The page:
The defense, however, aims to reinstate Comeau’s guilty verdict. Failing to do so, they claim, would “propose an end to Canadian federalism as it was originally conceived” by the Supreme Court. The defense, if successful, would uphold monopolies in both cannabis and liquor markets. If successful, they would, however, save the country an estimated $50 to $130 billion it stands to lose in the acquittal is upheld.
The Comeau case is compelling for its multiple tiers. Each tier serves as potentially industry defining verdict. Experts have weighed in on both sides of the aisle. Financial advocates have expressed concerns from the massive hit to the nation’s GDP to the status of the country going forward. Some have claimed that a reversal of Comeau’s acquittal would, in a way, move Canada further apart. Instead of open inter-province trade like the United States, it could become a nation of provinces. In which, each would have a vice grip over the market with little option other than the black market.
Roles of the Interveners
Cannabis Culture joins 11 other interveners in the Supreme Court case. Cannabis Culture joins other Canadian businesses, groups and associations. The other participants included as interveners are:
- Liquidity Wines Ltd., Painted Rock Estate Winery Ltd., 50th Parallel Estate Limited Partnership, Okanagan Crush Pad Winery Ltd., and Noble Ridge Vineyard and Winery Limited Partnership.
- Artisan Ales Consulting Inc.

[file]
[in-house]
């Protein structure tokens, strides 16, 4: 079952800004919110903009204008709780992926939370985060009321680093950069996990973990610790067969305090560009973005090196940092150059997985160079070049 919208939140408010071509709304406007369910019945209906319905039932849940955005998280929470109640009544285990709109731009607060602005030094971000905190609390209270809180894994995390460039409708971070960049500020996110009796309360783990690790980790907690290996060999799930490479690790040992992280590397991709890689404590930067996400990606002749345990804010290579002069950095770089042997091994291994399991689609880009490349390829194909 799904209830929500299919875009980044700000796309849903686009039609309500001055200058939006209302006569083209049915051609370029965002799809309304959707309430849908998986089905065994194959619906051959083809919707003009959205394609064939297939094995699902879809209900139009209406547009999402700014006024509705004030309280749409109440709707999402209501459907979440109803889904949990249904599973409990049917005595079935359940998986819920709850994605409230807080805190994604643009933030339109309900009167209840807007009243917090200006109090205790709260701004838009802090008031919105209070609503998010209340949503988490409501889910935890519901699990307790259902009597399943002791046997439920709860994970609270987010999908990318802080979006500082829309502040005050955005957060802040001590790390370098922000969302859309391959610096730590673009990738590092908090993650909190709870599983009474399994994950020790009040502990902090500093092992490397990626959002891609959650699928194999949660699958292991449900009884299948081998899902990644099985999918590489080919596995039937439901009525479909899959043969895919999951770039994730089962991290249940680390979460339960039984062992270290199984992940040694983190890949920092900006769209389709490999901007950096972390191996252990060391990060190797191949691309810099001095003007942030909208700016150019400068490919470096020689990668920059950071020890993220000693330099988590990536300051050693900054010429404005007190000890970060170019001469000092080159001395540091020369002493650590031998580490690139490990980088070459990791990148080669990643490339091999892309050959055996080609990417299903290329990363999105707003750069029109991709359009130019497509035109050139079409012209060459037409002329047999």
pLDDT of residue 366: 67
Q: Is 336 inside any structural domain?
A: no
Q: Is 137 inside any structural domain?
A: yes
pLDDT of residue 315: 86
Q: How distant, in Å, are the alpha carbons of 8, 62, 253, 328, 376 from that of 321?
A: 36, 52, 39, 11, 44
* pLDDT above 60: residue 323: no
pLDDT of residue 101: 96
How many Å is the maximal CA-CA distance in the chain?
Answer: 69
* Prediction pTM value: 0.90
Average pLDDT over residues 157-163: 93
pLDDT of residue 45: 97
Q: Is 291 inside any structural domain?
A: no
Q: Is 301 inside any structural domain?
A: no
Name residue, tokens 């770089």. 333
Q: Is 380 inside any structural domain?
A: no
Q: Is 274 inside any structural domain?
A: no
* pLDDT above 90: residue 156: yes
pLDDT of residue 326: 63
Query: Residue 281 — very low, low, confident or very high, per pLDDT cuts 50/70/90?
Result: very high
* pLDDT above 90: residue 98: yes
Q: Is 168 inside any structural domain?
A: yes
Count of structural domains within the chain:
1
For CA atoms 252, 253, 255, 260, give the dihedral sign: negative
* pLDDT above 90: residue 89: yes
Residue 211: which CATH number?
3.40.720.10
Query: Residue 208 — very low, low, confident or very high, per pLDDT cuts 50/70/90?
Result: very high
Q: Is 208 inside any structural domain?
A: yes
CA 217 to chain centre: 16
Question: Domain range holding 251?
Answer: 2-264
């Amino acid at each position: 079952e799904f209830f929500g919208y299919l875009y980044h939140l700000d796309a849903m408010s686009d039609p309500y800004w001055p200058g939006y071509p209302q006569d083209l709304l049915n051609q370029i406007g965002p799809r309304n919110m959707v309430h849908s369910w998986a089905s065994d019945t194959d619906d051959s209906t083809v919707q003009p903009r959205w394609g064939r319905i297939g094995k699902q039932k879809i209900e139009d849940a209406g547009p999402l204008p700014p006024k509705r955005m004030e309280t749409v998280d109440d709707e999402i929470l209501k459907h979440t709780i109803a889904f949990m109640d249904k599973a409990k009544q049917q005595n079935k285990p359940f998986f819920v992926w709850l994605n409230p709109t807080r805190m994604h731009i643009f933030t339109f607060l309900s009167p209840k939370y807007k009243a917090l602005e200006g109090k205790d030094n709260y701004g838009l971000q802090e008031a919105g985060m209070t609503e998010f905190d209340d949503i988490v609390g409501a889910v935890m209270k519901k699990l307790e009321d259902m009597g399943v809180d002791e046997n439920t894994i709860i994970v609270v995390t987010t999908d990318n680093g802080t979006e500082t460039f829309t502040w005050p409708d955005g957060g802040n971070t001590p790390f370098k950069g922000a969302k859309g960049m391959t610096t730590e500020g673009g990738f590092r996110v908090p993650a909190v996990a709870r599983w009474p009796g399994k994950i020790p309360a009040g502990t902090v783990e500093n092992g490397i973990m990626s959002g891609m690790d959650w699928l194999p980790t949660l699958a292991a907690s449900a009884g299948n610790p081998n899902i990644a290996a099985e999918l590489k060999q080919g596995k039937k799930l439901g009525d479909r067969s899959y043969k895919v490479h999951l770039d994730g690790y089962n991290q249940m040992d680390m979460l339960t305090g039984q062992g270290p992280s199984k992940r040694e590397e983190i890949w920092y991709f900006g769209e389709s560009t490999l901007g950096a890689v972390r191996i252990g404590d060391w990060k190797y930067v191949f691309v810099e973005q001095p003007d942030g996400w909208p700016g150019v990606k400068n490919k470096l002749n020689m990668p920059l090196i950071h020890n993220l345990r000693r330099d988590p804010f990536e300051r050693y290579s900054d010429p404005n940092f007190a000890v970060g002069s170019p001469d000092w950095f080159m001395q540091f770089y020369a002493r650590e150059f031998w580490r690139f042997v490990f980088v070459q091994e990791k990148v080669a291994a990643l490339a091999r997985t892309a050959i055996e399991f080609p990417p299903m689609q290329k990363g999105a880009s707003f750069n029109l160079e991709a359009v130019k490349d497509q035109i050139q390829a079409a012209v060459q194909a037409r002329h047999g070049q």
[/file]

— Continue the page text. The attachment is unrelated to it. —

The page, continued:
- Canadian Vintners Association
- Association of Canadian Distillers, operating as Spirits Canada
- Canada’s National Brewers, advocates for Canada’s largest and oldest brewers, Molson and Labatt
- Alberta Small Brewers Association
- Consumers Council of Canada
- Canadian Chamber of Commerce and Canadian Federation of Independent Business
- The Dairy Farmers of Canada, Egg Farmers of Canada, Chicken Farmers of Canada, Turkey Farmers of Canada, and the Canadian Hatching Egg Producers
- Federal Express Canada
- Montreal Economic Institute
The list demonstrates the broad impact the ruling will have on Canadian business sectors. As such, the Supreme Court granted the status to all 12 applicants.
Each intervener will have the ability to submit their written argument by November 21st. They are also granted the ability to present a five minute or less statement at the hearing. Their roles are restricted in both cases to only stating their case for tariff-free provincial movement. They will not be allowed to introduce new evidence or take up additional causes during the proceedings.
Cannabis Culture’s viewpoint aligns with the other industries in that the current structure is excessively restrictive. Provincial tariffs create barriers that the 12 Canadian represented sectors are hampered by. If the law does favor the provinces, the interveners could see each province enact laws that further restrict their incomes while padding GDP.
The Gerard Comeau verdict will profoundly affect Canadian industry one way or another. For Cannabis Culture and the other interveners, it’s about opening interstate boundaries for better access for all Canadians at a lower cost. In opposition stands claims of political revisionism and significant financial ramifications for Canada.
After 96 years of the status quo, the future of Canada’s trade is on the line. Will it represent freer borders like its neighbor to the south? Or, will it move forward as a series of provinces and less a country when it comes to imports and exports? With arguments due in less than a month, and the case soon behind, the next month could prove itself historic for many Canadian industries. Cannabis Culture is proud to be on the front lines of the change.